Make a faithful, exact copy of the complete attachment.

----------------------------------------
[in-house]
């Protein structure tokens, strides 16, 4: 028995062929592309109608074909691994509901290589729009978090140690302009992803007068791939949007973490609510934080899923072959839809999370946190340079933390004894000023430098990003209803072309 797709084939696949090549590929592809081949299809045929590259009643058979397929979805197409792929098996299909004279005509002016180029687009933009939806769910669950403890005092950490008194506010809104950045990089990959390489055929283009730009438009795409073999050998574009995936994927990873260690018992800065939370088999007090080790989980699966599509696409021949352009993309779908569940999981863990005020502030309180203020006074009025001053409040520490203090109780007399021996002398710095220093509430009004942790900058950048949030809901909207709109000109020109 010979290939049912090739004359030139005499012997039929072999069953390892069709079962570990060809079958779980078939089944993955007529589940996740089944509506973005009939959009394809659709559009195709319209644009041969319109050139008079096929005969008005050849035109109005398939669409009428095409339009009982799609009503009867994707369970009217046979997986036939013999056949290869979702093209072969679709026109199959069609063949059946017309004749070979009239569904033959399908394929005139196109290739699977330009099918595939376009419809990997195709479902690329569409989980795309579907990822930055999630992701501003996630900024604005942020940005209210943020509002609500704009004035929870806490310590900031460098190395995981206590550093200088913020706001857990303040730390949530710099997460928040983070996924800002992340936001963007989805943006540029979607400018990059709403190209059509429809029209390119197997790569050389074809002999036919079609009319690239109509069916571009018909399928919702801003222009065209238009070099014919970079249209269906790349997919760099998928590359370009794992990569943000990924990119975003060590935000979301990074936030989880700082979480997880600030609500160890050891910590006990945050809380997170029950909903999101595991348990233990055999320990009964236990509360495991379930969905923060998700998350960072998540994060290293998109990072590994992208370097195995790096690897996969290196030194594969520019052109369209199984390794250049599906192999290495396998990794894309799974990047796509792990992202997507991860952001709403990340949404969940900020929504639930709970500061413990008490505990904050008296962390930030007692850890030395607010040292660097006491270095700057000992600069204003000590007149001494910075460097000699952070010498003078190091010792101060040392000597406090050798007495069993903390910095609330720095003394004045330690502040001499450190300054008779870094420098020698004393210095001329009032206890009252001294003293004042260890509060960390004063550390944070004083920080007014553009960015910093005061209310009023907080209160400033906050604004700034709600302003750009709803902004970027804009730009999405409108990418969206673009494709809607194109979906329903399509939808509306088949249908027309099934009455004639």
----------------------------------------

[in-house]
């Protein structure tokens, strides 16, 4: 028995062929592309109608074909691994509901290589729009978090140690302009992803007068791939949007973490609510934080899923072959839809999370946190340079933390004894000023430098990003209803072309 797709084939696949090549590929592809081949299809045929590259009643058979397929979805197409792929098996299909004279005509002016180029687009933009939806769910669950403890005092950490008194506010809104950045990089990959390489055929283009730009438009795409073999050998574009995936994927990873260690018992800065939370088999007090080790989980699966599509696409021949352009993309779908569940999981863990005020502030309180203020006074009025001053409040520490203090109780007399021996002398710095220093509430009004942790900058950048949030809901909207709109000109020109 010979290939049912090739004359030139005499012997039929072999069953390892069709079962570990060809079958779980078939089944993955007529589940996740089944509506973005009939959009394809659709559009195709319209644009041969319109050139008079096929005969008005050849035109109005398939669409009428095409339009009982799609009503009867994707369970009217046979997986036939013999056949290869979702093209072969679709026109199959069609063949059946017309004749070979009239569904033959399908394929005139196109290739699977330009099918595939376009419809990997195709479902690329569409989980795309579907990822930055999630992701501003996630900024604005942020940005209210943020509002609500704009004035929870806490310590900031460098190395995981206590550093200088913020706001857990303040730390949530710099997460928040983070996924800002992340936001963007989805943006540029979607400018990059709403190209059509429809029209390119197997790569050389074809002999036919079609009319690239109509069916571009018909399928919702801003222009065209238009070099014919970079249209269906790349997919760099998928590359370009794992990569943000990924990119975003060590935000979301990074936030989880700082979480997880600030609500160890050891910590006990945050809380997170029950909903999101595991348990233990055999320990009964236990509360495991379930969905923060998700998350960072998540994060290293998109990072590994992208370097195995790096690897996969290196030194594969520019052109369209199984390794250049599906192999290495396998990794894309799974990047796509792990992202997507991860952001709403990340949404969940900020929504639930709970500061413990008490505990904050008296962390930030007692850890030395607010040292660097006491270095700057000992600069204003000590007149001494910075460097000699952070010498003078190091010792101060040392000597406090050798007495069993903390910095609330720095003394004045330690502040001499450190300054008779870094420098020698004393210095001329009032206890009252001294003293004042260890509060960390004063550390944070004083920080007014553009960015910093005061209310009023907080209160400033906050604004700034709600302003750009709803902004970027804009730009999405409108990418969206673009494709809607194109979906329903399509939808509306088949249908027309099934009455004639």